Young women of the Pakistani Umerkot villages are forced to deal with discrimination, stopping them from being able to make enough money for themselves and have their say. This project fights the barriers they face in their community, and empowers them with the skills to earn an income.
Over the next three years we will work with the Church World Service to reduce poverty and inequality for over 4,000 young women and their families, bringing them training to create in-demand embroidery, and ending the prejudice from within their community.
For so many young people, and especially young women, Pakistan is a tough place to grow up.
60 million people in Pakistan, a third of its whole population, live in extreme poverty. Umerkot is one of the most remote, rural and under-developed districts in Pakistan, with the second highest poverty rates in the province of Sindh.
The area also has a huge problem of prejudice, affecting the daily lives of local people. 70% of the population are non-Muslims, including Hindus (a majority being low caste) and Christians – all of whom are forced to experience tough discrimination and barriers to accessing their basic services.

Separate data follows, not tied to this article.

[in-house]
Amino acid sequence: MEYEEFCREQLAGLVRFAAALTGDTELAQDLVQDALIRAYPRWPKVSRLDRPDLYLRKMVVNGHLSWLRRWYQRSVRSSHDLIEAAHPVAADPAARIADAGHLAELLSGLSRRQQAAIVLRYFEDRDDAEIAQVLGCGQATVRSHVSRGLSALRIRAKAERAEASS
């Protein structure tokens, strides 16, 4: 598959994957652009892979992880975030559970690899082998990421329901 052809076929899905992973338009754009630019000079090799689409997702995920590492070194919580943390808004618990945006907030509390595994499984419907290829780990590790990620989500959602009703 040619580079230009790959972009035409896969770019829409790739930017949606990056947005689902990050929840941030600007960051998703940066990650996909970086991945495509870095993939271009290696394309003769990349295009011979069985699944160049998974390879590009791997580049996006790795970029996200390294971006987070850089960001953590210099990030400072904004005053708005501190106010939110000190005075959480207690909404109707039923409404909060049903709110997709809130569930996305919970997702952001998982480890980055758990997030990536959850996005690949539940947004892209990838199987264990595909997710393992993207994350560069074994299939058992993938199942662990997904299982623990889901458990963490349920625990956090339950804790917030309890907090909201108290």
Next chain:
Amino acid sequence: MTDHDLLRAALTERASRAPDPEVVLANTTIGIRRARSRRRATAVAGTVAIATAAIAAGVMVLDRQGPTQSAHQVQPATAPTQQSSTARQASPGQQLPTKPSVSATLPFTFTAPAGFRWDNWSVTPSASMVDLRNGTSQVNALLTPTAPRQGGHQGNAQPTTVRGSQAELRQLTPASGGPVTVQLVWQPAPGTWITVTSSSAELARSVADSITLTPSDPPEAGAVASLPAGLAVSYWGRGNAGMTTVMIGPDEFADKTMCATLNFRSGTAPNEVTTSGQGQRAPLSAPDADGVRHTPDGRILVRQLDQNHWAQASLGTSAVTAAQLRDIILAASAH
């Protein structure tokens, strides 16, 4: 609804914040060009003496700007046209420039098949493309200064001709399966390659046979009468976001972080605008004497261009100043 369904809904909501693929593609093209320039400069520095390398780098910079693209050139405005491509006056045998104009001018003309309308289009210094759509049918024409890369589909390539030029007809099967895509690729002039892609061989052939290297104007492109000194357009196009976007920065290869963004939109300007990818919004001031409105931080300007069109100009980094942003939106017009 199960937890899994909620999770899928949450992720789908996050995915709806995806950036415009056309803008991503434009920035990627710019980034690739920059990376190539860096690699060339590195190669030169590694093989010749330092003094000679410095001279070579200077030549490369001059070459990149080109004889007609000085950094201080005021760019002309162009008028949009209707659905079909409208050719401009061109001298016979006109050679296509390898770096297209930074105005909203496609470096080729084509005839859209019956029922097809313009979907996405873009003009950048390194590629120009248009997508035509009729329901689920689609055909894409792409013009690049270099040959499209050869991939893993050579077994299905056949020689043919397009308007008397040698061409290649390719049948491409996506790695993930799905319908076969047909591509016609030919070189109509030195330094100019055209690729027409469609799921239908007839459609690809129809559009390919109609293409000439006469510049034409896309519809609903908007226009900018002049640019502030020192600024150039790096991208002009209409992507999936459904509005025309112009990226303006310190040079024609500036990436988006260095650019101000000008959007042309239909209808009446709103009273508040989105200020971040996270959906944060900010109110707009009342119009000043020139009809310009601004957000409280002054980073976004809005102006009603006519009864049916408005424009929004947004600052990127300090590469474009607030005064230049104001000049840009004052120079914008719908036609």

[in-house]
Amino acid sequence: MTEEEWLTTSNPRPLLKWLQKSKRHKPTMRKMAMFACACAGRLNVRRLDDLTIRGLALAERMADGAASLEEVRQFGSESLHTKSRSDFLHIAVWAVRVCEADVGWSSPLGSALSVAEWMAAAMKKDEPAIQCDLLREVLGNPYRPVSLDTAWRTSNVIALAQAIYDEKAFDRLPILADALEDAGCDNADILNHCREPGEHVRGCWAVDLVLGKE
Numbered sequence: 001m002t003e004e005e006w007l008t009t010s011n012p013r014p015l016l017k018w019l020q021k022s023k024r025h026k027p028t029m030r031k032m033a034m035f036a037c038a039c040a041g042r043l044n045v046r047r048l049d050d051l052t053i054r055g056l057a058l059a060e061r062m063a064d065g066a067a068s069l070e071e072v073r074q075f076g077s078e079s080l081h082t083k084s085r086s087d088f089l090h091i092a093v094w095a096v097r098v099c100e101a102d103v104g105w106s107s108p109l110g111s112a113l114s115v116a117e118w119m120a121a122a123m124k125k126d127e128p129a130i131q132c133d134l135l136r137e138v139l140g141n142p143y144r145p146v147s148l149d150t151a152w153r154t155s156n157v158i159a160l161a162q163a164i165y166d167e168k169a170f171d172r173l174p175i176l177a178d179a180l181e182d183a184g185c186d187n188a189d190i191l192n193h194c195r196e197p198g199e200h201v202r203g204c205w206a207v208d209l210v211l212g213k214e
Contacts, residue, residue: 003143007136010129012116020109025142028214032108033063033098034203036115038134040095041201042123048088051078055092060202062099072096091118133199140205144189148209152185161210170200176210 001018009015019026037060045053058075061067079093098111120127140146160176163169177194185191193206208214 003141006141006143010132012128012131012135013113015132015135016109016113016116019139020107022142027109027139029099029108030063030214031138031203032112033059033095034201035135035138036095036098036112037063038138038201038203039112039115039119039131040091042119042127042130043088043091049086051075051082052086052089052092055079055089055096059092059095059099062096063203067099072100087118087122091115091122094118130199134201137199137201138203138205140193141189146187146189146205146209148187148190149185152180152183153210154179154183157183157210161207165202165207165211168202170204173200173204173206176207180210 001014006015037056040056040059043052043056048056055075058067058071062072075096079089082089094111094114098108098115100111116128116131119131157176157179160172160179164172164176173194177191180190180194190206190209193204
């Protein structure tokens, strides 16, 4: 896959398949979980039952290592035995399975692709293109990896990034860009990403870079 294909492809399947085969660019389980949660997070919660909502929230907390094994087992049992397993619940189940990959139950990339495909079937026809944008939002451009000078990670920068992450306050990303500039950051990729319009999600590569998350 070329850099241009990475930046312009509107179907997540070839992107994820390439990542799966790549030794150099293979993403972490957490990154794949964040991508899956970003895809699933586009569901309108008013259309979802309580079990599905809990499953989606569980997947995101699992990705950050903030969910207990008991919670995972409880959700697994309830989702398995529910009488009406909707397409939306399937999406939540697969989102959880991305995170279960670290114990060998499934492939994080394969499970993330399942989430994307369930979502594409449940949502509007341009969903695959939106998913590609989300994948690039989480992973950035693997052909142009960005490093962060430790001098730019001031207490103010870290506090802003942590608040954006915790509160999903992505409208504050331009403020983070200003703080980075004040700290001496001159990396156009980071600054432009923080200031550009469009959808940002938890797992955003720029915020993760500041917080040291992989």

What we are doing to help
Lasting change will be brought to the lives of over 4,000 women through vastly increased earning and civic power, reducing poverty and inequality.
Disadvantaged young women from 22 villages in the Umerkot region will benefit from training on how to make in traditional embroidery and textile products, which are much demanded in the country’s high-end urban markets. This will provide them with the skills to generate an income for themselves and their family – helping them to be independent in a part of the world where being a woman makes that a struggle.
This practical skills-training we deliver will then be combined with the training of local gender activists and gender-awareness activities for men, to improve women’s empowerment and decision-making capabilities in their communities.